Timeliness – When a mobility limitation prevents the beneficiary from completing their MRADLs within a reasonable timeframe, you may find the beneficiary plans their day around toileting or forgoes nutrition and hydration, dressing or daily grooming and hygiene because it takes too much out of them. The time it takes for an individual to move between two fixed points with their current mode of mobility can be quantified. If a medical, surgical or therapeutic intervention to reduce energy expenditure and increase the beneficiary's speed, efficiency and endurance will not improve the timeliness of their ambulation or self-propulsion over the surfaces they encounter in their home, then there is a mobility limitation that could be resolved with the provision of a PMD.

Getting the Timing Right

SE1112 reminds us that the evaluation and documentation “may be done all or in part by the ordering physician. If all or some of the medical examination iscompleted by another medical professional, the ordering physician must sign off on the report and incorporate it into their records.” The culmination of this process constitutes the face-to-face exam after which the ordering physician may write the prescription for the PMD. “This prescription has seven required elements and is referred to as the sevenelement order, which must be entered on the prescription only by the physician,” according to the article. It should not be written before the physician has all the information to make the decision that the provision of a PMD is the best course of medical care for a patient.

The supplier must receive the records of the face-to-face examination and the seven-element order within 45 days. They must also date stamp receipt of these documents to confirm they were received within this timeframe. Upon receipt of the documents, the supplier should review the documentation to ensure the medical necessity for the provision of the PMD is established, as documents and documentation are not the same things. Under the Tips to Avoid Denial of PMD Claims, SE1112 lists several questions to help suppliers educate the medical community so that their documentation substantiates the medical need for a PMD. It also provides an example of a detailed narrative note, which must be “in the format that they use for other entries,” per the PMD LCD.

Once the specific PMD and options are determined, the supplier must prepare a detailed product description for the physician to sign, date and return prior to delivery. Effective June 1, 2011, “This Detailed Product Description (DPD) must comply with the requirements for a detailed written order as outlined in the Supplier Manual and CMS' Program Integrity Manual [PIM] (Internet-Only Manual, Pub. 100-08) Chapter 5. The description must provide sufficient detail to identify the items in order to determine that they (were) properly coded,” according to the PMD LCD. While SE1112 does not provide any information regarding the DPD, it should be noted that the “Rules of the Road” for this document changed, as the policy no longer lists the elements, such as the HCPCS code, narrative description of the item, manufacturer name, product make and model, supplier's charge and Medicare fee schedule allowance, required to be part of a “compliant” DPD. Instead, it “must clearly specify the start date of the order,” include “all options or additional features that will be separately billed or that will require an upgraded code” with “either a narrative description or a brand name/model number,” per section 5.2.3 of the PIM.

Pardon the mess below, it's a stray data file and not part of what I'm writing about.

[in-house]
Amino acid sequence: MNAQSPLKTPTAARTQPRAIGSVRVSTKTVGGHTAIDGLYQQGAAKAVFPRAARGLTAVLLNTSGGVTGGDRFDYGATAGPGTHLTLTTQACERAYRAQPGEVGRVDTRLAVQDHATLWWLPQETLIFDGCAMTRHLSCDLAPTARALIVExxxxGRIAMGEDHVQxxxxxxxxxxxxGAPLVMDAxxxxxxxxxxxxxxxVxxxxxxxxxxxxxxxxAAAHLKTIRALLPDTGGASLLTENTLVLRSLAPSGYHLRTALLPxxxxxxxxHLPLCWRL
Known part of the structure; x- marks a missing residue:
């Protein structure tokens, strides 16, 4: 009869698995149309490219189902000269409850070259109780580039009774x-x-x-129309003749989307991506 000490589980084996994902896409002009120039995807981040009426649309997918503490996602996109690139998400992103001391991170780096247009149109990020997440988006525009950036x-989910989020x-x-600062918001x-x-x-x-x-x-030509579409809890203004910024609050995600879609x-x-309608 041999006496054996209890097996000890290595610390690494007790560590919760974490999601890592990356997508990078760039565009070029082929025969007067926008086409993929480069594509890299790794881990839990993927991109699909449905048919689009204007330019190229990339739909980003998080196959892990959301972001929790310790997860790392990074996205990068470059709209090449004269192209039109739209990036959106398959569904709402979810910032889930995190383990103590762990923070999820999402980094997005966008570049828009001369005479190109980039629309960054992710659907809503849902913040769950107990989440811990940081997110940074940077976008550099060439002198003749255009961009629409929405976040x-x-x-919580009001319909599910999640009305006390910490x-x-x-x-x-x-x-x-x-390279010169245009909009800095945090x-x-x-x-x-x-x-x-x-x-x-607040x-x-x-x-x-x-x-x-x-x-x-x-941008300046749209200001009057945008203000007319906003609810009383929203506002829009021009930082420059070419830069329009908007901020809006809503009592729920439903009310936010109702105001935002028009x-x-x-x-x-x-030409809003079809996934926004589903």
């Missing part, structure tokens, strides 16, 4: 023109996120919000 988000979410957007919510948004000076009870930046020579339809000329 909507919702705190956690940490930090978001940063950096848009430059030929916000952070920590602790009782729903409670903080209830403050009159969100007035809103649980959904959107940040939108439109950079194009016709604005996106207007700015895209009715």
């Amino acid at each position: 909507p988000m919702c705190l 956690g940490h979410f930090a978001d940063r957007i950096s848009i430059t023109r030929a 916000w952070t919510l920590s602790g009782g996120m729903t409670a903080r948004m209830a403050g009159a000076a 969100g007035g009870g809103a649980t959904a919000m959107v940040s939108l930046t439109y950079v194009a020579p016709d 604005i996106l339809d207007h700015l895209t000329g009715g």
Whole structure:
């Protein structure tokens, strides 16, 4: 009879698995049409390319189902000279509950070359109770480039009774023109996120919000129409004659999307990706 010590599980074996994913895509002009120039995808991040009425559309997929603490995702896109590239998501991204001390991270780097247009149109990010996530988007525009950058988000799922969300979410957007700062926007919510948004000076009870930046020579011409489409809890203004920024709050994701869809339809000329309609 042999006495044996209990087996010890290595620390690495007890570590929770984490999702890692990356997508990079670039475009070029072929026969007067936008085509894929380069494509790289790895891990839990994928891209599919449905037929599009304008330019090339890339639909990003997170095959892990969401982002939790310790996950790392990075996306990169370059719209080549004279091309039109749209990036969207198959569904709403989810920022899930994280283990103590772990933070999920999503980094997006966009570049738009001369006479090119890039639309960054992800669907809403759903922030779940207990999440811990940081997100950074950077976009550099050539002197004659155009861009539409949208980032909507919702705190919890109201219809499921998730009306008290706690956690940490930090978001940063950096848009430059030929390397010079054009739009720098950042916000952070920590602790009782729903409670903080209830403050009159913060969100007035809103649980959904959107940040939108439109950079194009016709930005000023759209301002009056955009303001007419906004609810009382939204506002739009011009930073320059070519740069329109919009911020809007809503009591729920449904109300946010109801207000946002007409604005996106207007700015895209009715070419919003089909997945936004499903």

As a result of industry pressure and the claims denial rates of power wheelchair audits over the past several years, CMS appears to recognize that the “Rules of the Road” were not as crystal clear as originally anticipated. Time will tell if this additional clarification on what is outlined in the NCD, Power Mobility Device Local Coverage Determination and Policy Article will be helpful in assisting suppliers in educating their referral sources and ensuring their files are compliant in the event of an audit.

This article originally appeared in the August 2011 issue of Mobility Management.

About the Author

Julie Piriano, PT, ATP/SMS, is VP, Clinical Education, Rehab Industry Affairs & Compliance Officer for Pride Mobility Products.